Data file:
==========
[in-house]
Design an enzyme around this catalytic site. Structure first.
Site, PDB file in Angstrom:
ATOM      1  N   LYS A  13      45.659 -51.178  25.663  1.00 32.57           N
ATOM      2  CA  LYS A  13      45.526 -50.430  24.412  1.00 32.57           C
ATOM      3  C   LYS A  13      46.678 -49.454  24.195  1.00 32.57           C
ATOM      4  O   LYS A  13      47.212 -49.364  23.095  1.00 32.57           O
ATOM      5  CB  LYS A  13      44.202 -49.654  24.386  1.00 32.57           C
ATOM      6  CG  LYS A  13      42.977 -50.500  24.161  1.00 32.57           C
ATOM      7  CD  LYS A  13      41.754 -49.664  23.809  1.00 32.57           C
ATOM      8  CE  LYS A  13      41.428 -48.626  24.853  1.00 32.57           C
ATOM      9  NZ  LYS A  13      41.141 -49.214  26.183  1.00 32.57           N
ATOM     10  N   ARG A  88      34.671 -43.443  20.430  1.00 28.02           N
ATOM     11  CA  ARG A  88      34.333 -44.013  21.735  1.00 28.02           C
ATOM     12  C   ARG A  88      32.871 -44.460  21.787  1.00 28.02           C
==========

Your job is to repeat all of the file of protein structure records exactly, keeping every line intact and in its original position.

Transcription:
[in-house]
Design an enzyme around this catalytic site. Structure first.
Site, PDB file in Angstrom:
ATOM      1  N   LYS A  13      45.659 -51.178  25.663  1.00 32.57           N
ATOM      2  CA  LYS A  13      45.526 -50.430  24.412  1.00 32.57           C
ATOM      3  C   LYS A  13      46.678 -49.454  24.195  1.00 32.57           C
ATOM      4  O   LYS A  13      47.212 -49.364  23.095  1.00 32.57           O
ATOM      5  CB  LYS A  13      44.202 -49.654  24.386  1.00 32.57           C
ATOM      6  CG  LYS A  13      42.977 -50.500  24.161  1.00 32.57           C
ATOM      7  CD  LYS A  13      41.754 -49.664  23.809  1.00 32.57           C
ATOM      8  CE  LYS A  13      41.428 -48.626  24.853  1.00 32.57           C
ATOM      9  NZ  LYS A  13      41.141 -49.214  26.183  1.00 32.57           N
ATOM     10  N   ARG A  88      34.671 -43.443  20.430  1.00 28.02           N
ATOM     11  CA  ARG A  88      34.333 -44.013  21.735  1.00 28.02           C
ATOM     12  C   ARG A  88      32.871 -44.460  21.787  1.00 28.02           C